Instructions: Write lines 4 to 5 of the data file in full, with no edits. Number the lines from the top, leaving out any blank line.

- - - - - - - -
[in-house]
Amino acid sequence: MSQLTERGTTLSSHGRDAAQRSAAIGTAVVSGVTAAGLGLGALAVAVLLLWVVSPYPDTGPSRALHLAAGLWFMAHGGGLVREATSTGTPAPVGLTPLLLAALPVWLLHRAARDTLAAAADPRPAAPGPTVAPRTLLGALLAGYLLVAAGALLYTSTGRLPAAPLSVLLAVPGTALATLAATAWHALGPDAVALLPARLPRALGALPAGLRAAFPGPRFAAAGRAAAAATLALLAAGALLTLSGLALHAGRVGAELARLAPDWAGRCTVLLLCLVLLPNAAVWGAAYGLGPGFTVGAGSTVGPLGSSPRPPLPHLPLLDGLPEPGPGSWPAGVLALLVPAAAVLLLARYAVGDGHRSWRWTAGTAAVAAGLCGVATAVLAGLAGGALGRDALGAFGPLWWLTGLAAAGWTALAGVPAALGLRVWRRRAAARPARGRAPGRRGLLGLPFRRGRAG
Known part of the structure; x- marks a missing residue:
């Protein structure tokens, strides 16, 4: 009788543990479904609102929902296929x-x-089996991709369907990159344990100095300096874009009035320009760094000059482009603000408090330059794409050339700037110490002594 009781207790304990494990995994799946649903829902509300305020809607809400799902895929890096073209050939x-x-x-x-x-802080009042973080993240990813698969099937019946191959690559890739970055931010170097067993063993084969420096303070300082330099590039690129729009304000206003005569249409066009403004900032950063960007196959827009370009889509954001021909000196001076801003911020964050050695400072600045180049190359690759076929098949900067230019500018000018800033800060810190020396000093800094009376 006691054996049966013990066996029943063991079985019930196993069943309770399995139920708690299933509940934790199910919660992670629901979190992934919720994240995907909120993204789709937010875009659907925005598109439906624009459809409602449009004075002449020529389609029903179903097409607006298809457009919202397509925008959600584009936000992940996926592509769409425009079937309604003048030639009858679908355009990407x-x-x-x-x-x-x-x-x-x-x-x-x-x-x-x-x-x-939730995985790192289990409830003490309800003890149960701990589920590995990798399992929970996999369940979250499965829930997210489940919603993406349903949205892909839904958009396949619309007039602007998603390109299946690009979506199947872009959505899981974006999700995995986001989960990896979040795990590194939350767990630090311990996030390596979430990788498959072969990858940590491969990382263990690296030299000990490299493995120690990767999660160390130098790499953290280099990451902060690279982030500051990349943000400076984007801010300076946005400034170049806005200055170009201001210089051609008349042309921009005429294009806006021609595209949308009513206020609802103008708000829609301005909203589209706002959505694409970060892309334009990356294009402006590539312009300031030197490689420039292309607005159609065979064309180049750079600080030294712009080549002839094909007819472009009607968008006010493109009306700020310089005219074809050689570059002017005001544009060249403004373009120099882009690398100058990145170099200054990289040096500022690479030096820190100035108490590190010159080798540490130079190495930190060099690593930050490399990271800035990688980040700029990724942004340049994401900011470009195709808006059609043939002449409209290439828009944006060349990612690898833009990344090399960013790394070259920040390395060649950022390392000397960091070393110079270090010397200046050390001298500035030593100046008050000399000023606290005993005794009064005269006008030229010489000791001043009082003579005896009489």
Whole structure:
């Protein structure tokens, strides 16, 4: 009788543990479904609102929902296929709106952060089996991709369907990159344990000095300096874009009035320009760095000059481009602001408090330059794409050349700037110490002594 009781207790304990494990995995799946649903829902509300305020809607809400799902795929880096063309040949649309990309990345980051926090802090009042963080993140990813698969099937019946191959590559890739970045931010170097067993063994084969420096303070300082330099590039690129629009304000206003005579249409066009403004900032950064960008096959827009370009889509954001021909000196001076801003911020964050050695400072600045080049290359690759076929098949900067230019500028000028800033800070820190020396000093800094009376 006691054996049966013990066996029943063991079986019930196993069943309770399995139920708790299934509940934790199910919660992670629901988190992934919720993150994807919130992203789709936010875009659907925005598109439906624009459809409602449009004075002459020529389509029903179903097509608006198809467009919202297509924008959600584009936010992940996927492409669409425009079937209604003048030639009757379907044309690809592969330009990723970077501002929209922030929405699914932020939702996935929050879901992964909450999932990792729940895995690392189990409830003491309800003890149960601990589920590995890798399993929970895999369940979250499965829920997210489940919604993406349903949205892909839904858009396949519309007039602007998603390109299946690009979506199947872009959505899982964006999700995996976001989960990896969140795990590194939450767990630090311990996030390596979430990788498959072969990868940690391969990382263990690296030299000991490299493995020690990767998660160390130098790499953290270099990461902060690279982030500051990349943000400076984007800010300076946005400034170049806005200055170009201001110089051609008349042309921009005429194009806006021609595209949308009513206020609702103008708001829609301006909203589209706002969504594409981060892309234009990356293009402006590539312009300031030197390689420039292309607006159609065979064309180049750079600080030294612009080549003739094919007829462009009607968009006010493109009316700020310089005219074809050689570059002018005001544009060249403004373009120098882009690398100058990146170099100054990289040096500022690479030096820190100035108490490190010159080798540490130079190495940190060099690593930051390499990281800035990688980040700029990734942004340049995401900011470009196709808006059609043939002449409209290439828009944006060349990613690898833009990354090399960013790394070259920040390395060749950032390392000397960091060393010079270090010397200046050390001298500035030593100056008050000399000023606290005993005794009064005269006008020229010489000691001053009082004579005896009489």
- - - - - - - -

């Protein structure tokens, strides 16, 4: 009788543990479904609102929902296929x-x-089996991709369907990159344990100095300096874009009035320009760094000059482009603000408090330059794409050339700037110490002594 009781207790304990494990995994799946649903829902509300305020809607809400799902895929890096073209050939x-x-x-x-x-802080009042973080993240990813698969099937019946191959690559890739970055931010170097067993063993084969420096303070300082330099590039690129729009304000206003005569249409066009403004900032950063960007196959827009370009889509954001021909000196001076801003911020964050050695400072600045180049190359690759076929098949900067230019500018000018800033800060810190020396000093800094009376 006691054996049966013990066996029943063991079985019930196993069943309770399995139920708690299933509940934790199910919660992670629901979190992934919720994240995907909120993204789709937010875009659907925005598109439906624009459809409602449009004075002449020529389609029903179903097409607006298809457009919202397509925008959600584009936000992940996926592509769409425009079937309604003048030639009858679908355009990407x-x-x-x-x-x-x-x-x-x-x-x-x-x-x-x-x-x-939730995985790192289990409830003490309800003890149960701990589920590995990798399992929970996999369940979250499965829930997210489940919603993406349903949205892909839904958009396949619309007039602007998603390109299946690009979506199947872009959505899981974006999700995995986001989960990896979040795990590194939350767990630090311990996030390596979430990788498959072969990858940590491969990382263990690296030299000990490299493995120690990767999660160390130098790499953290280099990451902060690279982030500051990349943000400076984007801010300076946005400034170049806005200055170009201001210089051609008349042309921009005429294009806006021609595209949308009513206020609802103008708000829609301005909203589209706002959505694409970060892309334009990356294009402006590539312009300031030197490689420039292309607005159609065979064309180049750079600080030294712009080549002839094909007819472009009607968008006010493109009306700020310089005219074809050689570059002017005001544009060249403004373009120099882009690398100058990145170099200054990289040096500022690479030096820190100035108490590190010159080798540490130079190495930190060099690593930050490399990271800035990688980040700029990724942004340049994401900011470009195709808006059609043939002449409209290439828009944006060349990612690898833009990344090399960013790394070259920040390395060649950022390392000397960091070393110079270090010397200046050390001298500035030593100046008050000399000023606290005993005794009064005269006008030229010489000791001043009082003579005896009489």
Whole structure: